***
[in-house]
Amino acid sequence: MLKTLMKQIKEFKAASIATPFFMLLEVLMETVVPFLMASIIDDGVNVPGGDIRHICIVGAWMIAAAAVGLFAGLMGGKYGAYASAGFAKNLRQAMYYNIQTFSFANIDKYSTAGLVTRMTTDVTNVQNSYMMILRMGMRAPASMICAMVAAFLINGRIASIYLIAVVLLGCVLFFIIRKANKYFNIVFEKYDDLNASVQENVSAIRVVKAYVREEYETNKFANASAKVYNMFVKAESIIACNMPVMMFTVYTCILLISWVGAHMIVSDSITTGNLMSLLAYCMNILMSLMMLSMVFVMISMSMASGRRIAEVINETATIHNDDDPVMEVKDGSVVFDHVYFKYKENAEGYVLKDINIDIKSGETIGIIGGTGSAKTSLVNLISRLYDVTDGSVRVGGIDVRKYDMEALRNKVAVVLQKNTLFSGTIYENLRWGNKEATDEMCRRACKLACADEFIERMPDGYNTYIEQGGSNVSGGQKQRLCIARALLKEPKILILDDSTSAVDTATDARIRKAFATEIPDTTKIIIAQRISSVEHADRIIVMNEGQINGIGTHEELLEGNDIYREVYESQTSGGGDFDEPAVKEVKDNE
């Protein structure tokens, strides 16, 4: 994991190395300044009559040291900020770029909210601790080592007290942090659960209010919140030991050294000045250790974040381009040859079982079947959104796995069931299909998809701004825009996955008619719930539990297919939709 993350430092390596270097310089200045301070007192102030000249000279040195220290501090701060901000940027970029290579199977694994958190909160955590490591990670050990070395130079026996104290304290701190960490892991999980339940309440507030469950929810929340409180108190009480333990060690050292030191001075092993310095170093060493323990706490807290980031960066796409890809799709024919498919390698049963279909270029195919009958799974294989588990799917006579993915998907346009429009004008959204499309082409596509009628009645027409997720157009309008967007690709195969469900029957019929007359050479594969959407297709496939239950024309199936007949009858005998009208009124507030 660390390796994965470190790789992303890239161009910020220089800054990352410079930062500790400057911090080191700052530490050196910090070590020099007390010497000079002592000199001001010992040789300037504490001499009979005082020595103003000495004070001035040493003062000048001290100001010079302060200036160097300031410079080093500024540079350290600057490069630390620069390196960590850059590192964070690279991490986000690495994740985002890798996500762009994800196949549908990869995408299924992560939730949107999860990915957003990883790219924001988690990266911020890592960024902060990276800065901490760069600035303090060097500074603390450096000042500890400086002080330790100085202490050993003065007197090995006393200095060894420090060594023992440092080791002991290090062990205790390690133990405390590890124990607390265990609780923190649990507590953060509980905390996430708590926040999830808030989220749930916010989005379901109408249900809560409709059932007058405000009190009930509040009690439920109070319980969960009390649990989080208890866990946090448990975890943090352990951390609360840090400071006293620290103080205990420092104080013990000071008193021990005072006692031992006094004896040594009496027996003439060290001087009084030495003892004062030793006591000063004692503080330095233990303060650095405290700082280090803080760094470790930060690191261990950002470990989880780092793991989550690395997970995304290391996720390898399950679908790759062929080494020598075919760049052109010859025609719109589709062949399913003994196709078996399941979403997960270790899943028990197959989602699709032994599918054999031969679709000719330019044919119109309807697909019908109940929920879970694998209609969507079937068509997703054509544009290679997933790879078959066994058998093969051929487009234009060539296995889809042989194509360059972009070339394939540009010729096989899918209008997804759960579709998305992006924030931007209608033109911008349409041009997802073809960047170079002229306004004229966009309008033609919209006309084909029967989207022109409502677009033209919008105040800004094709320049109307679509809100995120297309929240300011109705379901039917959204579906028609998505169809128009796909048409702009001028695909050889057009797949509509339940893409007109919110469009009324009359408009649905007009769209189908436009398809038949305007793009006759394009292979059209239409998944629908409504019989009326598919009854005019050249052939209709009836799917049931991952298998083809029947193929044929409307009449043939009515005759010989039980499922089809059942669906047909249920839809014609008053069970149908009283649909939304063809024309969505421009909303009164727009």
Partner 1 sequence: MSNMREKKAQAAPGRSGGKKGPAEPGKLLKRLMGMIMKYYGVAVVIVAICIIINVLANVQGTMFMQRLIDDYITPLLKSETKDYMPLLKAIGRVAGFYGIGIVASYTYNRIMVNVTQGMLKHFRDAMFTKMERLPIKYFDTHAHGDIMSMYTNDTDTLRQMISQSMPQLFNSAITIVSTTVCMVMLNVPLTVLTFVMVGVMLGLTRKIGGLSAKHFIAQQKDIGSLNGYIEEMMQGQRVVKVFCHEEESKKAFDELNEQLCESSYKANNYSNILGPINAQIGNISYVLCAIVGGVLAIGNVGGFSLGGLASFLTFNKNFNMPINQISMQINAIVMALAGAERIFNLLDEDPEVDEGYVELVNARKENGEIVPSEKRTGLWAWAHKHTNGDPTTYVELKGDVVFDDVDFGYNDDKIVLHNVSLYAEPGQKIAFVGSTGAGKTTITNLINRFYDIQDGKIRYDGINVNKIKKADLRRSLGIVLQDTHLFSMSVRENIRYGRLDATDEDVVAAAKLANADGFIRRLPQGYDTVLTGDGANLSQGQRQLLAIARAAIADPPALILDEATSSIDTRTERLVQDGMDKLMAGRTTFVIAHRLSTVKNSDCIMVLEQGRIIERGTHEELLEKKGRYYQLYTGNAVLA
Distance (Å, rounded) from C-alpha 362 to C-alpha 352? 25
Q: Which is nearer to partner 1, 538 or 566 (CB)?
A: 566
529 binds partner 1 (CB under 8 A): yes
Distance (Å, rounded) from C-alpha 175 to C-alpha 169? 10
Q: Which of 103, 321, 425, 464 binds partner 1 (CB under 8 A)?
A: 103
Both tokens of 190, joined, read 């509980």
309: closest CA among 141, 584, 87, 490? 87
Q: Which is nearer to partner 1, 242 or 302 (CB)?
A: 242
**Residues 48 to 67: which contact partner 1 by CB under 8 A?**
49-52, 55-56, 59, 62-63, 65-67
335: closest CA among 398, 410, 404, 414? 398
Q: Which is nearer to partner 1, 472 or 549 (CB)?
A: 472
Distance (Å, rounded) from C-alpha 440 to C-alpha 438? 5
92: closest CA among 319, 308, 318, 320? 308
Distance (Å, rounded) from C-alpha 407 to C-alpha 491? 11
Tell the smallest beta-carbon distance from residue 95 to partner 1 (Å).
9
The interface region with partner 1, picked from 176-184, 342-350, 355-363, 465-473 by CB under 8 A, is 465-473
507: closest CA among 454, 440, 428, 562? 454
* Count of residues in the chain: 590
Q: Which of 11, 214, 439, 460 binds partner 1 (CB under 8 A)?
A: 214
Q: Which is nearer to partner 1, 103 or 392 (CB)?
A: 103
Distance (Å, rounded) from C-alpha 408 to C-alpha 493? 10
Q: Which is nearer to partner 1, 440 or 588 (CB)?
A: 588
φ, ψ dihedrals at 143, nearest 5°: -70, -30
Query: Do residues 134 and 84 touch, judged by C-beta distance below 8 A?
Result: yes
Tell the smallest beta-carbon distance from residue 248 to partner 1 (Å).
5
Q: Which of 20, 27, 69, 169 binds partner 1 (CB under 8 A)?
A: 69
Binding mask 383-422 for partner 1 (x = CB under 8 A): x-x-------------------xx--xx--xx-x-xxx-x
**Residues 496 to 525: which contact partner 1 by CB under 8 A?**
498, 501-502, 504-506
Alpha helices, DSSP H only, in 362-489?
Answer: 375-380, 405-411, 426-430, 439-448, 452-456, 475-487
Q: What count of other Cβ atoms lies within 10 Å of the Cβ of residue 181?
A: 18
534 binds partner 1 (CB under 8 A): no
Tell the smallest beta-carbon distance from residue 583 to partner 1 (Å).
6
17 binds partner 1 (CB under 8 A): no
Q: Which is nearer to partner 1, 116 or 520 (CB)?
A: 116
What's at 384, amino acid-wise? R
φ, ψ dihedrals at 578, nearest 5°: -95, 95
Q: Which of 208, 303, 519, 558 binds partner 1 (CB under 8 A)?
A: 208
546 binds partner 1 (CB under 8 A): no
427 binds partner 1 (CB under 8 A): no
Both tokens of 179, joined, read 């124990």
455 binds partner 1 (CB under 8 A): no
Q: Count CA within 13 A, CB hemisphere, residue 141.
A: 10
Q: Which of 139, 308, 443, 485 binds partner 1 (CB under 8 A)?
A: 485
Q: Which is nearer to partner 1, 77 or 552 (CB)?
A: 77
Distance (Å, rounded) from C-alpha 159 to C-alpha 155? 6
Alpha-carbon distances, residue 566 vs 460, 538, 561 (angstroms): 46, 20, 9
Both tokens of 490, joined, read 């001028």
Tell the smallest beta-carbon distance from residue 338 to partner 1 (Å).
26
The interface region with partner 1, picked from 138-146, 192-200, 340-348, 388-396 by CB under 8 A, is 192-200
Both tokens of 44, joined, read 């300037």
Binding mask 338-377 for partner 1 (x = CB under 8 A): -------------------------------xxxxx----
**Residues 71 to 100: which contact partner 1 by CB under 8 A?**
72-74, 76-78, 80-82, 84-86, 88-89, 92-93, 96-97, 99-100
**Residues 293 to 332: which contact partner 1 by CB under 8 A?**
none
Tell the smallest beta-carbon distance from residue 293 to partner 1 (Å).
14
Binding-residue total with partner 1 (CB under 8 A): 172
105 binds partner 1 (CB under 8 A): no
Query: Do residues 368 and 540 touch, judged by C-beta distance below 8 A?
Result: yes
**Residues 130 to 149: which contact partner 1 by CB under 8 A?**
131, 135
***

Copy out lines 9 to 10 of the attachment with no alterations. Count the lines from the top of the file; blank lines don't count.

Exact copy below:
Distance (Å, rounded) from C-alpha 175 to C-alpha 169? 10
Q: Which of 103, 321, 425, 464 binds partner 1 (CB under 8 A)?